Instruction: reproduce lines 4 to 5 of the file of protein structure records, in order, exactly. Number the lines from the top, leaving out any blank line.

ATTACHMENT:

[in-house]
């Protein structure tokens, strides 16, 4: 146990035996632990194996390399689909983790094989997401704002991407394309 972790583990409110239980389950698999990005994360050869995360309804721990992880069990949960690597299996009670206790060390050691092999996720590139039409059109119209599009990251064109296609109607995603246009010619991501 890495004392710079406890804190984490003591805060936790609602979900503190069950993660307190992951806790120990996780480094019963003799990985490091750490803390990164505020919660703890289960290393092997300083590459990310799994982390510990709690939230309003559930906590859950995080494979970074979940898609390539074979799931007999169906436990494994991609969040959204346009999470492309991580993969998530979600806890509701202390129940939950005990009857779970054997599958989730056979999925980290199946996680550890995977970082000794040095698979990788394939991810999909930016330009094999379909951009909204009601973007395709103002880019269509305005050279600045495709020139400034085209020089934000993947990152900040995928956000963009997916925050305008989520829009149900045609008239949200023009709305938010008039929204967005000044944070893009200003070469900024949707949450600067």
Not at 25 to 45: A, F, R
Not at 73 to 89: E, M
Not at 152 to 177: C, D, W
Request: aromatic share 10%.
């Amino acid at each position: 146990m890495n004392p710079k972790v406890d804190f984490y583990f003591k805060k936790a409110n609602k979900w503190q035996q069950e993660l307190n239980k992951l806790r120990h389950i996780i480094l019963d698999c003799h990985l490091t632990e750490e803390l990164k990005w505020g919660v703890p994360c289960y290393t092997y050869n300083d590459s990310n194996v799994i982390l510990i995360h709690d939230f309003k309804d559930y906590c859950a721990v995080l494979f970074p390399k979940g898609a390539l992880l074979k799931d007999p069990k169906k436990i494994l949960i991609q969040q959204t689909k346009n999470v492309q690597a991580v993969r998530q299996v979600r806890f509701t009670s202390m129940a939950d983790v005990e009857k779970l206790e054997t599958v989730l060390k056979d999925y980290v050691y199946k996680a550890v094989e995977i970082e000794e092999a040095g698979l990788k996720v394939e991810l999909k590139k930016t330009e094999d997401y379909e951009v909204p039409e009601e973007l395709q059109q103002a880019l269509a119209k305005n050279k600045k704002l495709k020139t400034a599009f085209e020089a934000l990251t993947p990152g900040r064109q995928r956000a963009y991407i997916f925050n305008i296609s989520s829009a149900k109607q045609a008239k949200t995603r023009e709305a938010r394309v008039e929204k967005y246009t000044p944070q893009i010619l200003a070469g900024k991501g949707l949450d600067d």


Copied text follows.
Not at 73 to 89: E, M
Not at 152 to 177: C, D, W